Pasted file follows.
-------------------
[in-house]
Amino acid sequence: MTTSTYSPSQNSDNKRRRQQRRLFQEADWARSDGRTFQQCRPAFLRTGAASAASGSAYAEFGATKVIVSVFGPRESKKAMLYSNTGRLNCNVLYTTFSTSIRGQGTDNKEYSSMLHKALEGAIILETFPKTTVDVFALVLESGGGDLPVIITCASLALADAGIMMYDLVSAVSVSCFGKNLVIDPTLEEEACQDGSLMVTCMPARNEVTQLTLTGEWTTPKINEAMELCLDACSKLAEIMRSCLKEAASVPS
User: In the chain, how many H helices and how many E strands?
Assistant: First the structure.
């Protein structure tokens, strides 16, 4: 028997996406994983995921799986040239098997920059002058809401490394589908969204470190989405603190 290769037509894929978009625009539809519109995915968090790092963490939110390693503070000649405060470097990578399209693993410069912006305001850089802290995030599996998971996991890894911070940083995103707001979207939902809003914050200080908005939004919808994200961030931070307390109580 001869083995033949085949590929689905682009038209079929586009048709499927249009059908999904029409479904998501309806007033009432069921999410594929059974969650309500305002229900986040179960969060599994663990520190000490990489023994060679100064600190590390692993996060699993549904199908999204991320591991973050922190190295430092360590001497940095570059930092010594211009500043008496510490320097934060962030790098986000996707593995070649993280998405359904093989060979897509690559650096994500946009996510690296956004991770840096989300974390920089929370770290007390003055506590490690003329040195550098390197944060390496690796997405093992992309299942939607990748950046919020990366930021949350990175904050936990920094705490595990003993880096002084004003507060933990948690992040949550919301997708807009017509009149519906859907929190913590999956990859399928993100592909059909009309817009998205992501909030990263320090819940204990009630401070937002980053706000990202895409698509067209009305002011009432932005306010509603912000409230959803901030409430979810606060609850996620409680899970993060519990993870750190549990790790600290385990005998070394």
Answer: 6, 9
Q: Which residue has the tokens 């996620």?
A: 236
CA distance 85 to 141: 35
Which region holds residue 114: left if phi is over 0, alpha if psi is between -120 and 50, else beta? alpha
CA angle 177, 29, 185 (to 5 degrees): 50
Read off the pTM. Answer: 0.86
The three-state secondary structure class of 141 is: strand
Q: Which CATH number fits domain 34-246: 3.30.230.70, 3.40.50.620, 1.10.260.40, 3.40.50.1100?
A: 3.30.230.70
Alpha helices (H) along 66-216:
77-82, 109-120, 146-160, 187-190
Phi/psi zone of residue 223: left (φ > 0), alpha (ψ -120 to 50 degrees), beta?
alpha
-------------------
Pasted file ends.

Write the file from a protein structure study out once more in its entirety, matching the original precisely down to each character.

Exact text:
[in-house]
Amino acid sequence: MTTSTYSPSQNSDNKRRRQQRRLFQEADWARSDGRTFQQCRPAFLRTGAASAASGSAYAEFGATKVIVSVFGPRESKKAMLYSNTGRLNCNVLYTTFSTSIRGQGTDNKEYSSMLHKALEGAIILETFPKTTVDVFALVLESGGGDLPVIITCASLALADAGIMMYDLVSAVSVSCFGKNLVIDPTLEEEACQDGSLMVTCMPARNEVTQLTLTGEWTTPKINEAMELCLDACSKLAEIMRSCLKEAASVPS
User: In the chain, how many H helices and how many E strands?
Assistant: First the structure.
């Protein structure tokens, strides 16, 4: 028997996406994983995921799986040239098997920059002058809401490394589908969204470190989405603190 290769037509894929978009625009539809519109995915968090790092963490939110390693503070000649405060470097990578399209693993410069912006305001850089802290995030599996998971996991890894911070940083995103707001979207939902809003914050200080908005939004919808994200961030931070307390109580 001869083995033949085949590929689905682009038209079929586009048709499927249009059908999904029409479904998501309806007033009432069921999410594929059974969650309500305002229900986040179960969060599994663990520190000490990489023994060679100064600190590390692993996060699993549904199908999204991320591991973050922190190295430092360590001497940095570059930092010594211009500043008496510490320097934060962030790098986000996707593995070649993280998405359904093989060979897509690559650096994500946009996510690296956004991770840096989300974390920089929370770290007390003055506590490690003329040195550098390197944060390496690796997405093992992309299942939607990748950046919020990366930021949350990175904050936990920094705490595990003993880096002084004003507060933990948690992040949550919301997708807009017509009149519906859907929190913590999956990859399928993100592909059909009309817009998205992501909030990263320090819940204990009630401070937002980053706000990202895409698509067209009305002011009432932005306010509603912000409230959803901030409430979810606060609850996620409680899970993060519990993870750190549990790790600290385990005998070394």
Answer: 6, 9
Q: Which residue has the tokens 């996620």?
A: 236
CA distance 85 to 141: 35
Which region holds residue 114: left if phi is over 0, alpha if psi is between -120 and 50, else beta? alpha
CA angle 177, 29, 185 (to 5 degrees): 50
Read off the pTM. Answer: 0.86
The three-state secondary structure class of 141 is: strand
Q: Which CATH number fits domain 34-246: 3.30.230.70, 3.40.50.620, 1.10.260.40, 3.40.50.1100?
A: 3.30.230.70
Alpha helices (H) along 66-216:
77-82, 109-120, 146-160, 187-190
Phi/psi zone of residue 223: left (φ > 0), alpha (ψ -120 to 50 degrees), beta?
alpha